CELAC presidency passes from Argentina to St Vincent and the Grenadines

In 2023, the Caribbean island country will hold the organization’s rotating presidency

A 369 square kilometer, 100,000-inhabitant Caribbean island nation will hold the next temporary presidency of the Community of Latin American and Caribbean States (CELAC).

During the CELAC Summit’s closing ceremony, it was announced that the organization’s rotating leadership would pass to St Vincent and the Grenadines. The small island state will become the first Caribbean country to lead the organization since the Dominican Republic’s presidency in 2016. It will also become the first Caribbean Community (CARICOM) country to lead CELAC.

At the end of the Summit, St Vincent and the Grenadines’ Prime Minister Gonsalves spoke before his peers. “St Vincent and the Grenadines is one of the smallest countries in CELAC, and we commit to working thoroughly with each of its countries,” he said. He expressed hope for the future of the region, saying: “things aren’t falling apart, but working: we’re not just passionate, we’re committed.”

Holding the CELAC presidency allows the country to represent the organization at international meetings, organize and host the annual summit, and, in terms of politics, set the topics for meetings. Those who lead CELAC have more power over its agenda.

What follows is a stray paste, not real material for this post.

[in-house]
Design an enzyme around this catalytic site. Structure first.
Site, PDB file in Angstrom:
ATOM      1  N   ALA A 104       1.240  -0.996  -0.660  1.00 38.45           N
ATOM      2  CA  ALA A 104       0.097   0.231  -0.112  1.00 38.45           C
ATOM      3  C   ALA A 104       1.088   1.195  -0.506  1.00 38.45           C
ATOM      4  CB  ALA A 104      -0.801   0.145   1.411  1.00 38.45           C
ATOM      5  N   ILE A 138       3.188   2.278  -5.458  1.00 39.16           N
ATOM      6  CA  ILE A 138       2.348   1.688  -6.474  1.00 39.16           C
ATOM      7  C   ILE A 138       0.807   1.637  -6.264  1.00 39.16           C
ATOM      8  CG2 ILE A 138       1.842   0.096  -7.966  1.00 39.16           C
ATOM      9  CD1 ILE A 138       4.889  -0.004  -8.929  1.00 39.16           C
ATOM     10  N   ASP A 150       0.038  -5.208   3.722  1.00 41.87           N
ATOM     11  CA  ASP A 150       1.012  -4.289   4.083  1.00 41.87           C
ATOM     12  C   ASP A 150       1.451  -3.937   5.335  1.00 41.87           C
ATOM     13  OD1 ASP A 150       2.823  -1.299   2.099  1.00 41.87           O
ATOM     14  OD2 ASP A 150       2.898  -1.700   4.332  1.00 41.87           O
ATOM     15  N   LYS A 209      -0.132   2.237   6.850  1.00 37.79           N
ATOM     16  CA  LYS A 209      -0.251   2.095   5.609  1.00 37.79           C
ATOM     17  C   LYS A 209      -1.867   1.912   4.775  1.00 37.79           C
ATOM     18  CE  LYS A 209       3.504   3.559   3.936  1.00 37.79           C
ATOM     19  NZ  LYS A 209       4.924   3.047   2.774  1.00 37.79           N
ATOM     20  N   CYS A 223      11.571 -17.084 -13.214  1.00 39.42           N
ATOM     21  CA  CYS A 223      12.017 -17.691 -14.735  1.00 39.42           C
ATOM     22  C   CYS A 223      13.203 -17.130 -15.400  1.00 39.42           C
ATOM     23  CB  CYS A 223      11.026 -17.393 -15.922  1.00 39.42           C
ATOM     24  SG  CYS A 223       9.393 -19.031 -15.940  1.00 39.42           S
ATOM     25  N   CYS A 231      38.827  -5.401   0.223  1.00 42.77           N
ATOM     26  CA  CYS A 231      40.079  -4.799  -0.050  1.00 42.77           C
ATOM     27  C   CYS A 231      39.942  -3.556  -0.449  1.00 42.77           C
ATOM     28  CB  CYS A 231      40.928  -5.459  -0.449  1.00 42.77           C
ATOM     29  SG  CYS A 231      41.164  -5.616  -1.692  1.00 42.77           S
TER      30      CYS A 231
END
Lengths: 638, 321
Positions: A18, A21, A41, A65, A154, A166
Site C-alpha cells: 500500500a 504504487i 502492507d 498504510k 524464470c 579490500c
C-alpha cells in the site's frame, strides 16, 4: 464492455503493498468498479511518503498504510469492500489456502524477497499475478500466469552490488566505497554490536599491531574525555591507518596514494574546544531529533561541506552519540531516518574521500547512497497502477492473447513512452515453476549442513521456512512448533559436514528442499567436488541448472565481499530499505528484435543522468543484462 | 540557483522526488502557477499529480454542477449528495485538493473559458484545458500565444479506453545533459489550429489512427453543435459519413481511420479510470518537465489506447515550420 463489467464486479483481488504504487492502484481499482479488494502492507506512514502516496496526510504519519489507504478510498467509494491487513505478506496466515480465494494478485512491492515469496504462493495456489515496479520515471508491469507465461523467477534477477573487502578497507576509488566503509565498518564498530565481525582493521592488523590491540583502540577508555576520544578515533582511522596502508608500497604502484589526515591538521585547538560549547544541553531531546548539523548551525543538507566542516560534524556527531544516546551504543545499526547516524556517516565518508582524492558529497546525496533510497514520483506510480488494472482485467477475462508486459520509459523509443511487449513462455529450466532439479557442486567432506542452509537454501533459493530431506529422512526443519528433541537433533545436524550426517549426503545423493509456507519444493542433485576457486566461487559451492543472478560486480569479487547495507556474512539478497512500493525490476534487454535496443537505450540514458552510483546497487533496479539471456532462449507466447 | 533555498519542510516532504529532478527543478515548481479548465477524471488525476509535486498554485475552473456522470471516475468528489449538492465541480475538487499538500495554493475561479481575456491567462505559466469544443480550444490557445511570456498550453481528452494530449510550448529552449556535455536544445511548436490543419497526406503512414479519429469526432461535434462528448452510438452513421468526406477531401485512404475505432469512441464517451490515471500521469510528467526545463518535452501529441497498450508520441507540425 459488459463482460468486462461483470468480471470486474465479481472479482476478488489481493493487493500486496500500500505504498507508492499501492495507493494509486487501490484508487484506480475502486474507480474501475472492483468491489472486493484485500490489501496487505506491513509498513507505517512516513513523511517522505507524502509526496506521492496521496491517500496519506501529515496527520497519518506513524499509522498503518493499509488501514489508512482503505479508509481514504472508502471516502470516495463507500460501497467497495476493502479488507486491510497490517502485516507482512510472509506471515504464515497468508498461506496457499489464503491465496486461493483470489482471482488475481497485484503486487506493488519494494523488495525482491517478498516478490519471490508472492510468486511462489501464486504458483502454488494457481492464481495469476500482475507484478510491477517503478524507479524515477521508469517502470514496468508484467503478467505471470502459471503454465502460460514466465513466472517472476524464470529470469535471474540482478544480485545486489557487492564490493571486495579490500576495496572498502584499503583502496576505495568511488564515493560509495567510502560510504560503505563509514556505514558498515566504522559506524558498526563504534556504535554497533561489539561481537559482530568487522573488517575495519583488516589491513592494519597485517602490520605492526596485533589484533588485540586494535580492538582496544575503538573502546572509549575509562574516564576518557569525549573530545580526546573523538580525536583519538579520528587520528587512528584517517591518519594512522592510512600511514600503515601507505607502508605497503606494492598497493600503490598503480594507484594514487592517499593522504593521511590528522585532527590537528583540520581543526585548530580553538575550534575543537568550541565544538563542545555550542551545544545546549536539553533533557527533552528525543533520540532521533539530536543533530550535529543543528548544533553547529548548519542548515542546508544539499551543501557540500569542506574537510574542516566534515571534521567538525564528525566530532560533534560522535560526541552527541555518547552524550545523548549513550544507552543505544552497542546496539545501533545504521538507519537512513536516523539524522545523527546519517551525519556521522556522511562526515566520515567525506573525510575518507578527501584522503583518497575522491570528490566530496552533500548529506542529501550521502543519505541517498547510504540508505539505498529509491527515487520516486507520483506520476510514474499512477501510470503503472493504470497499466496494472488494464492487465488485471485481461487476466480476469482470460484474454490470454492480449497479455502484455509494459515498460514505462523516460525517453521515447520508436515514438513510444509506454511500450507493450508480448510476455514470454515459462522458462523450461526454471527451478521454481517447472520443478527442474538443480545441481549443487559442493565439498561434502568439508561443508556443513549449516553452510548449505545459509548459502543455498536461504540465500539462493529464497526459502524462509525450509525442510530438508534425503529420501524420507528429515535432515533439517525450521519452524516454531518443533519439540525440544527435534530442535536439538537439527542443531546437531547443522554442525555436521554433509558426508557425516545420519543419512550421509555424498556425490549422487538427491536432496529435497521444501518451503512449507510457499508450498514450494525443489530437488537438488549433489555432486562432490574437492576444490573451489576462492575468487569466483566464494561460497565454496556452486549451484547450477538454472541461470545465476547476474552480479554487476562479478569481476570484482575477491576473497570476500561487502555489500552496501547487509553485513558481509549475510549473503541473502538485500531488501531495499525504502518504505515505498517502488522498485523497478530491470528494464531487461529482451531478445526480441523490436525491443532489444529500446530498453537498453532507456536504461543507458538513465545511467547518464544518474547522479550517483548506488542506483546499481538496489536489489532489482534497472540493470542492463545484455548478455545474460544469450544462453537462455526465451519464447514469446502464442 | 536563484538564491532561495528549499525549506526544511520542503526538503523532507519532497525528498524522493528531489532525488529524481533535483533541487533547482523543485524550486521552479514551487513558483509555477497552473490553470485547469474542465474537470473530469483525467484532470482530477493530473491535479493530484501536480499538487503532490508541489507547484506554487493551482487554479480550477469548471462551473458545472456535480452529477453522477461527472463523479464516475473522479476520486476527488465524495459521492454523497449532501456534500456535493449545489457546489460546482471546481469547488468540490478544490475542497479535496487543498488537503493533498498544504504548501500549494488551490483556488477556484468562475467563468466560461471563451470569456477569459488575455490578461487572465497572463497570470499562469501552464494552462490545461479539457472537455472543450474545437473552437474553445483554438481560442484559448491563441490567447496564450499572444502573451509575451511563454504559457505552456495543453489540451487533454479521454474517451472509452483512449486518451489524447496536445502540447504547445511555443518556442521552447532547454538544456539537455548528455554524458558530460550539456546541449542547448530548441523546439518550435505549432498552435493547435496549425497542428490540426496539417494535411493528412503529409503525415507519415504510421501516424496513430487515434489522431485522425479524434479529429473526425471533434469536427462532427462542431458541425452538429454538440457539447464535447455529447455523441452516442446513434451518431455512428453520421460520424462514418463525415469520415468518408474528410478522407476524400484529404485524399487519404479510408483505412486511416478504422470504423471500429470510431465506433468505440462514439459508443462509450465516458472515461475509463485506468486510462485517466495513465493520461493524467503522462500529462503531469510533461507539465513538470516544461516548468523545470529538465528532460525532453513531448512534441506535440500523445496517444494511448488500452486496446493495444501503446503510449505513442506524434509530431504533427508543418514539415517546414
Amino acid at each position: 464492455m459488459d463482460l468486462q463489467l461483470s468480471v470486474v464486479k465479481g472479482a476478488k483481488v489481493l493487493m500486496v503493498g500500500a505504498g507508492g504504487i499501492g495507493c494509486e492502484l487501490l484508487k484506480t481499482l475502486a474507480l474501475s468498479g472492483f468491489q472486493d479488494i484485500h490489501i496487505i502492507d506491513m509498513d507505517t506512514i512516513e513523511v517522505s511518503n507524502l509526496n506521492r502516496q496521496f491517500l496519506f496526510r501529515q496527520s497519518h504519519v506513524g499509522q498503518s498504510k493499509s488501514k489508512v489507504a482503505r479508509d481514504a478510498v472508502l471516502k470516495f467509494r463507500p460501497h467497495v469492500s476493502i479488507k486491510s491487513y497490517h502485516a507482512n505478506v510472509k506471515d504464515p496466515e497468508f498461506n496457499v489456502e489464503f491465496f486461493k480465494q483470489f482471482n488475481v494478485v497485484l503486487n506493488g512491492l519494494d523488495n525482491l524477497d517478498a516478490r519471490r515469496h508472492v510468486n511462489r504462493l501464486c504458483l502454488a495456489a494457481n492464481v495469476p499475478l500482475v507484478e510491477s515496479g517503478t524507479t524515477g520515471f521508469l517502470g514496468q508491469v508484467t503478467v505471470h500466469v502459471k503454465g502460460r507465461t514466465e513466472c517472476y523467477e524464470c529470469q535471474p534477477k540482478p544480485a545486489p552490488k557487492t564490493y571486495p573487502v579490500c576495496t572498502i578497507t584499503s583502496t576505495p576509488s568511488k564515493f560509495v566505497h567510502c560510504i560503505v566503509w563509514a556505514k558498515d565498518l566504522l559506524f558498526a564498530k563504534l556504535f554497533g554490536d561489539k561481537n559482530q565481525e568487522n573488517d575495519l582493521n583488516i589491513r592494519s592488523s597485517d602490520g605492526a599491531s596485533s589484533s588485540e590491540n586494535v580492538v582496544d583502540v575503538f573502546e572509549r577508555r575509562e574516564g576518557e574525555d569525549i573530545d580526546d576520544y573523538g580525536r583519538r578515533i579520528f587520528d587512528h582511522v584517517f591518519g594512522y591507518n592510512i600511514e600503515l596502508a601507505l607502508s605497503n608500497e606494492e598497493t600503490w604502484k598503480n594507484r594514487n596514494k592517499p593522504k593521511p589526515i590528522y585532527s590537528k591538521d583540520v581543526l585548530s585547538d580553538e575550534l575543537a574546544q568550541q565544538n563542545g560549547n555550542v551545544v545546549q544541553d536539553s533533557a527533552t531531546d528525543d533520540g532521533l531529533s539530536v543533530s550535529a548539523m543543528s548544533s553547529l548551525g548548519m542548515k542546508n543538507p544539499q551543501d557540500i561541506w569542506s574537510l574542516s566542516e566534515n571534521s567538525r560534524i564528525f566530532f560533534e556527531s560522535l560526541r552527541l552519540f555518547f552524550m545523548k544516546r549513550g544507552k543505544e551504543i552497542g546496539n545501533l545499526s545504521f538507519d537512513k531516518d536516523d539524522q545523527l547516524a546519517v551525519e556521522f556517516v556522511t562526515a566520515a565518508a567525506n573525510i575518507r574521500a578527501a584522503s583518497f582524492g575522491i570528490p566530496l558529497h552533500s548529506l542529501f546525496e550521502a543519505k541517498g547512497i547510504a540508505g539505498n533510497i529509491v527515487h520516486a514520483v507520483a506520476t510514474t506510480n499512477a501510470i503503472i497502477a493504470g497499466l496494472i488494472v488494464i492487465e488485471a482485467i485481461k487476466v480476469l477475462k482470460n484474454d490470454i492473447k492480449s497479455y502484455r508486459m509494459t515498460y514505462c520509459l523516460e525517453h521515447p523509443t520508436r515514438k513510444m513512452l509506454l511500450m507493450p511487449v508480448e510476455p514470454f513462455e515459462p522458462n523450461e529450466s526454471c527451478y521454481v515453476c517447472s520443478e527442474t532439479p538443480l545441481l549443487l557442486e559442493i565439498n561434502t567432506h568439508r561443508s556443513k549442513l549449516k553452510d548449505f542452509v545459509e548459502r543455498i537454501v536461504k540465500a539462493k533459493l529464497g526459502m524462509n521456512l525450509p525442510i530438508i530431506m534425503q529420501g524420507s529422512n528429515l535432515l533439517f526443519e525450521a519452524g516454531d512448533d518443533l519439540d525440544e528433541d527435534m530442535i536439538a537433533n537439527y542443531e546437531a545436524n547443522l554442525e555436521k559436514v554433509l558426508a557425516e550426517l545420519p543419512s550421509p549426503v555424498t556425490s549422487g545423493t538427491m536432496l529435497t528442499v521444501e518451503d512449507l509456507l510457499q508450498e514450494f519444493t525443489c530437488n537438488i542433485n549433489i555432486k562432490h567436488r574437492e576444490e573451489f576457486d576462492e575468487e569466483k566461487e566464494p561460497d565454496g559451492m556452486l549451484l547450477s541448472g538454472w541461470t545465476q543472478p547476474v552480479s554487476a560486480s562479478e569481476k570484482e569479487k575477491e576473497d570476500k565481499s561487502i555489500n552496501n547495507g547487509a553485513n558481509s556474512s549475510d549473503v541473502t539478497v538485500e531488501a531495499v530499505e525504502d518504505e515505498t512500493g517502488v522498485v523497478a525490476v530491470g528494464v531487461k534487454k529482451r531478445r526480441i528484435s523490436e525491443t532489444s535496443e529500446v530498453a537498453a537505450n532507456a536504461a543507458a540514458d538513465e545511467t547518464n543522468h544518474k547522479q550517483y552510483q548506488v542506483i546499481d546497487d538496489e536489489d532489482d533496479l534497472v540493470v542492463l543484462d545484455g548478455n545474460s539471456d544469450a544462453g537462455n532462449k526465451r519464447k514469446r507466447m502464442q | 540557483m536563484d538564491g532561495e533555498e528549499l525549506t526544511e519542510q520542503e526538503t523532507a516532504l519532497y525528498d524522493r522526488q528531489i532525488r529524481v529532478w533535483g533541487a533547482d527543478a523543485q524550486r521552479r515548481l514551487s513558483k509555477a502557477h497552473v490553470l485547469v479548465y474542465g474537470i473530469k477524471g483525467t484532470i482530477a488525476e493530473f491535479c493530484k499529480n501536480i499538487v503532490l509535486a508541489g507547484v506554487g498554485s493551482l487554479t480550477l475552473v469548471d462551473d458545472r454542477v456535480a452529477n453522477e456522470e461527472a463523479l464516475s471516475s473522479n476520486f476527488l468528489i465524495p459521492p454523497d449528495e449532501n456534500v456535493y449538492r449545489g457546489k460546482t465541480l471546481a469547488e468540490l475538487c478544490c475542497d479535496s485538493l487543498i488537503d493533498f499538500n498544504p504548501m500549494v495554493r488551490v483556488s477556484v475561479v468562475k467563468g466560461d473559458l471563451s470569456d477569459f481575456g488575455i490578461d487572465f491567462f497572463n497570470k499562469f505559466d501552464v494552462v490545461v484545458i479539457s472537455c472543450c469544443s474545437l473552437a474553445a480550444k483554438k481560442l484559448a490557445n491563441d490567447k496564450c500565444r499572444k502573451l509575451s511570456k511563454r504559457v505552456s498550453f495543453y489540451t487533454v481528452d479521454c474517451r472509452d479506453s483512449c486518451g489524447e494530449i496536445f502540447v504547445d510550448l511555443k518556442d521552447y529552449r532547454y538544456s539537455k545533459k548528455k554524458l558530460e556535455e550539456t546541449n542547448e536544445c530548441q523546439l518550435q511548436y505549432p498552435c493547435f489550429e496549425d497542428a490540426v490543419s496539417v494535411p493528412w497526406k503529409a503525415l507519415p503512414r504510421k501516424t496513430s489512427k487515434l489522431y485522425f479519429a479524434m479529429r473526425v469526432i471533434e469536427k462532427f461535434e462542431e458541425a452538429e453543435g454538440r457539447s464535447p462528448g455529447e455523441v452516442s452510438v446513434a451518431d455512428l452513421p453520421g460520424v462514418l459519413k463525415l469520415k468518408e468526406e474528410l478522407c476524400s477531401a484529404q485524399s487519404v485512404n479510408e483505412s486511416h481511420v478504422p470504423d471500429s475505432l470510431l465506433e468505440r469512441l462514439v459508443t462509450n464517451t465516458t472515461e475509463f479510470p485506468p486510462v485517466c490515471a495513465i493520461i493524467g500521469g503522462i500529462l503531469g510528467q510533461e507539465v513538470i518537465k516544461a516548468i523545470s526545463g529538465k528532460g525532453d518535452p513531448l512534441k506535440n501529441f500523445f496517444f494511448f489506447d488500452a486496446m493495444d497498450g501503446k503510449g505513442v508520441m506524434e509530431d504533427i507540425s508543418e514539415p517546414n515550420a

Fernández and Gonsalves held a meeting on Tuesday afternoon, in which they discussed climate action, migration and regional integration. Fernández thanked Gonsalves for his support in reopening talks between the UK and Argentina in regard to the Malvinas Islands (which the UK refers to as the Falkland Islands, although this name is strongly contested by Argentina).

The role was occupied by Argentina until yesterday. In the past, Cuba and Bolivia have extended it for another year, but the Central American and Caribbean countries’ support for Gonsalves limited Fernandez’s opportunity to extend his mandate.

CELAC leaders will meet again on July 17, when they will host a meeting with the European Union leaders in Brussels.


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